Do Lenovo systems have a serial imprint of sorts that doesnt alter despite the addition of a new motherboard or is it possible they checked the mystery serial number on this computer to reach their conclusion. I need to get my head around this so l can stand my ground when l go toe to toe with the insurance company.

Report •

#5
April 22, 2017 at 07:39:44
"I sent my shiny "as new condition" looking Lenovo Yoga 2 Pro away for repairs as it was playing up and still under extended warranty"

If the original warranty expired & you're into the extended warranty period, it's doubtful your ultrabook is in "as new condition". A quick Google search finds reviews of the Yoga 2 Pro with i5-4200u CPU & 128GB SSD dating back to 2013. Also, what do you mean by "playing up". That could be just about anything.

What is the exact wording of the warranty repair/replacement. Is it this?

"your Service Provider, will either, at its discretion, 1) repair it to make it
function as warranted, or 2) replace it with one that is at least functionally equivalent."

http://c.shld.net/assets/docs2/spin...

Looks like they went with option 2.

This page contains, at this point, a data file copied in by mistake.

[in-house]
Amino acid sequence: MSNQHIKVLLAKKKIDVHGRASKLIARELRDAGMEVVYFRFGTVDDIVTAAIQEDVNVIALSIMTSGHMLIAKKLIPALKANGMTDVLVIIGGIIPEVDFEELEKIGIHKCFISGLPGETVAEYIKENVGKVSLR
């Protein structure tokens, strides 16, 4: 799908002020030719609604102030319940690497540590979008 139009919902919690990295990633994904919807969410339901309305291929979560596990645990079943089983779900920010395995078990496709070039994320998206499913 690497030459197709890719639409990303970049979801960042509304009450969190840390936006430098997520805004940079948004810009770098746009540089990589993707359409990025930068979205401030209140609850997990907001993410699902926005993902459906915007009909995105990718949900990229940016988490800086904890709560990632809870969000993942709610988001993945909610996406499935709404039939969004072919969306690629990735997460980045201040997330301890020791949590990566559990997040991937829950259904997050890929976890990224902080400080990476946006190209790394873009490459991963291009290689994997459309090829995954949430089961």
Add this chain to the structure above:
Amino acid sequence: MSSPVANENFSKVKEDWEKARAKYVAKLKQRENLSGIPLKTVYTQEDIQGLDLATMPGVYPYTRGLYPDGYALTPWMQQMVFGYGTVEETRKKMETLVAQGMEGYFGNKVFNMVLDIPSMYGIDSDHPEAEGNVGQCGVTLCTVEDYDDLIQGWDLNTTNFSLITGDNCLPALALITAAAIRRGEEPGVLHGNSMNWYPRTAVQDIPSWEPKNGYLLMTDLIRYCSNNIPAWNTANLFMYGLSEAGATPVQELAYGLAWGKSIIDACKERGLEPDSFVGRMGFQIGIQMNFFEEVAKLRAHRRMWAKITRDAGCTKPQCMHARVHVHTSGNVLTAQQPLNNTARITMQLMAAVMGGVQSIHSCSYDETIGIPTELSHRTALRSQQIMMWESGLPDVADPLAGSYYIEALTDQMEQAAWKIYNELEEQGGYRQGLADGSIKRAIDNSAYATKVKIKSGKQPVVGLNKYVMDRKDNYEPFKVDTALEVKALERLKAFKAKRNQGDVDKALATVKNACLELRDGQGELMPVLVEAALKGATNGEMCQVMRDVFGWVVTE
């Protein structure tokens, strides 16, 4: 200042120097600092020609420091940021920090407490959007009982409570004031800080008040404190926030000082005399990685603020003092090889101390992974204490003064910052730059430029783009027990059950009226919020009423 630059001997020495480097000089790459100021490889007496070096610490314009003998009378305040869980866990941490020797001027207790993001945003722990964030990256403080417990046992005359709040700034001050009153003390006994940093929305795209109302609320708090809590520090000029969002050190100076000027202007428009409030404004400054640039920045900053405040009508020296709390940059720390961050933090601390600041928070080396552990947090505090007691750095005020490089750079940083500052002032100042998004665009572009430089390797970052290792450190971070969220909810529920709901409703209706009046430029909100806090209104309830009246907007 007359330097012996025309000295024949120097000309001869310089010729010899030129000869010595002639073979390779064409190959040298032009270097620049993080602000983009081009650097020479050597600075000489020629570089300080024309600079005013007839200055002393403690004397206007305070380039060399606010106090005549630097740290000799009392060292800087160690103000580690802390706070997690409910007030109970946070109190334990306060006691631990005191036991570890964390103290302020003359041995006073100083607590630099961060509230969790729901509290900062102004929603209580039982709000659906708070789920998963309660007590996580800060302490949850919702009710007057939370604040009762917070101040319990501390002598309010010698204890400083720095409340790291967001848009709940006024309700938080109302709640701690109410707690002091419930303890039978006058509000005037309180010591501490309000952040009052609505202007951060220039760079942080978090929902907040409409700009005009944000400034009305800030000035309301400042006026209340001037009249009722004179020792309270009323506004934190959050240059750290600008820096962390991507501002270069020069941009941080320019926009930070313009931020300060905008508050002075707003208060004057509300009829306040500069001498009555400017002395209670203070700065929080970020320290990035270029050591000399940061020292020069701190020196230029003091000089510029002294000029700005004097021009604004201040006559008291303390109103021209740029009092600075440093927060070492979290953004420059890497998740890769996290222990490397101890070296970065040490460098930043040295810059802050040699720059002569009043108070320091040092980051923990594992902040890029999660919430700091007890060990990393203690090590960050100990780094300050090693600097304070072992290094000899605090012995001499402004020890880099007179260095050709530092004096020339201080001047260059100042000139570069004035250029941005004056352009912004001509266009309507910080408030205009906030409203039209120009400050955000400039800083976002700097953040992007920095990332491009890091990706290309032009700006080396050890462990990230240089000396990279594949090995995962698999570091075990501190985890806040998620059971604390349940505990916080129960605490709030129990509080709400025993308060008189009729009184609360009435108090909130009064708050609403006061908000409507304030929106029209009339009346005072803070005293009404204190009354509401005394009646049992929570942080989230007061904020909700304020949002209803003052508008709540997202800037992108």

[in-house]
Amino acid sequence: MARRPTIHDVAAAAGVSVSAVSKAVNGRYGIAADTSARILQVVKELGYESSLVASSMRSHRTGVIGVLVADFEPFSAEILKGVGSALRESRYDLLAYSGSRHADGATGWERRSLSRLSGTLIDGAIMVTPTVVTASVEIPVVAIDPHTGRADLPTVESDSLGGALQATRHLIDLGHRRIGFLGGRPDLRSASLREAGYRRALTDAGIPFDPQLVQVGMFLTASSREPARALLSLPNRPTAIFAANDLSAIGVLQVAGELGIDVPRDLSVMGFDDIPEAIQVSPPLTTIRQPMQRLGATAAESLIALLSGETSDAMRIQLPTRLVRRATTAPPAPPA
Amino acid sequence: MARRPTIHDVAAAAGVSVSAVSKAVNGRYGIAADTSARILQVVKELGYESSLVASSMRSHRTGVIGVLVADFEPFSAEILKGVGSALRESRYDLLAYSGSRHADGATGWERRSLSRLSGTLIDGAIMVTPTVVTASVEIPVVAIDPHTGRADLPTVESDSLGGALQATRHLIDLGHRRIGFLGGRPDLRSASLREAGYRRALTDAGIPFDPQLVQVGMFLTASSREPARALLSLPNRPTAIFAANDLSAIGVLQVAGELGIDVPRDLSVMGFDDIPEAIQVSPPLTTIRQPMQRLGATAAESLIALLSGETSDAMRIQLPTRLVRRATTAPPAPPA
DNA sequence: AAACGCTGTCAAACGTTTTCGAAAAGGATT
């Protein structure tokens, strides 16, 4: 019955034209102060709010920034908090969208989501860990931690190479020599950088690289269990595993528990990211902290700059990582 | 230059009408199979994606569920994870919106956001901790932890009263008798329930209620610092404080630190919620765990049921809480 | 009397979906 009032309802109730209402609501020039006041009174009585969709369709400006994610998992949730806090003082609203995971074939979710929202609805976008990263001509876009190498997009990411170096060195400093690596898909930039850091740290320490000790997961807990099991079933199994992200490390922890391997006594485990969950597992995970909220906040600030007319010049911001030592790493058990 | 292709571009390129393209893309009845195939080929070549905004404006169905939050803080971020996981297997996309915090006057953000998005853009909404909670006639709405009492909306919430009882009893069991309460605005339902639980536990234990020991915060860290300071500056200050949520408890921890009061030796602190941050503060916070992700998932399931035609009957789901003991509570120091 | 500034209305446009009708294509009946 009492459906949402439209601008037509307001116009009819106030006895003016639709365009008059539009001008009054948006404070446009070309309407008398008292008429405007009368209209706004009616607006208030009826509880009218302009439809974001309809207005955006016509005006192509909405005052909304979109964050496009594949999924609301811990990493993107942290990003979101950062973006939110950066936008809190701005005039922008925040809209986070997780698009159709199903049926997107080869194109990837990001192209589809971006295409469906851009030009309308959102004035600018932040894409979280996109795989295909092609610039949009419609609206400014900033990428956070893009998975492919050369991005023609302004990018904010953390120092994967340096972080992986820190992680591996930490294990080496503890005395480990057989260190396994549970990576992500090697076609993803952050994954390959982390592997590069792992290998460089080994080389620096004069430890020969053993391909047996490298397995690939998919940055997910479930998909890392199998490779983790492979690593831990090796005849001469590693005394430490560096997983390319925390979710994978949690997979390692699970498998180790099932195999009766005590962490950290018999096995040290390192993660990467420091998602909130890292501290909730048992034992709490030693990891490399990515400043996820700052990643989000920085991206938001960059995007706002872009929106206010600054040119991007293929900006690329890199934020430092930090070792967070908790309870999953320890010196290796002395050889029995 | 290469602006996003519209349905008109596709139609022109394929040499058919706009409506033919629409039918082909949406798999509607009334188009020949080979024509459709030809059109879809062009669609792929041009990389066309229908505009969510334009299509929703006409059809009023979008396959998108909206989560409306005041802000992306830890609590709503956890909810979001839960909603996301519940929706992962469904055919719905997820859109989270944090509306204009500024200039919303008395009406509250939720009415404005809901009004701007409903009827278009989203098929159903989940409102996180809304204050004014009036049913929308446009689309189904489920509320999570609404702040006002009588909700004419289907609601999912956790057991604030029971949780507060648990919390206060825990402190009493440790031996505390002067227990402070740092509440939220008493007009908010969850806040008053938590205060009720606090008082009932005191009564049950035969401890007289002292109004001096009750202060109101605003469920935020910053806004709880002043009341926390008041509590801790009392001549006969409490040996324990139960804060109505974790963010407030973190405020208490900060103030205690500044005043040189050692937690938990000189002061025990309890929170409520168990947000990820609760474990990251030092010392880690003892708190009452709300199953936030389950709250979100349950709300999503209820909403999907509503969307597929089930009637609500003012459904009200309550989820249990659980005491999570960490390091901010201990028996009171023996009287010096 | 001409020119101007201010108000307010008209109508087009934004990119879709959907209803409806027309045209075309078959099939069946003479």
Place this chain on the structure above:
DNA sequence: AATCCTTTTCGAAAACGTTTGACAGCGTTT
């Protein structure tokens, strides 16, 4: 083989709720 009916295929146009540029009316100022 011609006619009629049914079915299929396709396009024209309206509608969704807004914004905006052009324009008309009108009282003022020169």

message edited by riider


Report •

#6
April 22, 2017 at 07:52:59
The "appearance" of my computer is/was "as new".
I only used it for work and kept it in an expensive case padded with velvet like lining that had soft velcro straps. It was still shiny and never had a scratch on it.
I purchased it in 2015.
The "appearance" of the computer l have is poor. It is coated in a filthy scum and is badly scratched.
The mouse pad thingy is extremely worn down and kind of slippery and hard to control where mine was not. I will find insurance quote and paste.

message edited by Cranky1


Report •

#7
April 22, 2017 at 08:01:10
Extended Care Plan - Lumley Insurance

I can not for the life of me copy and paste the brochure. But this is my insurance policy.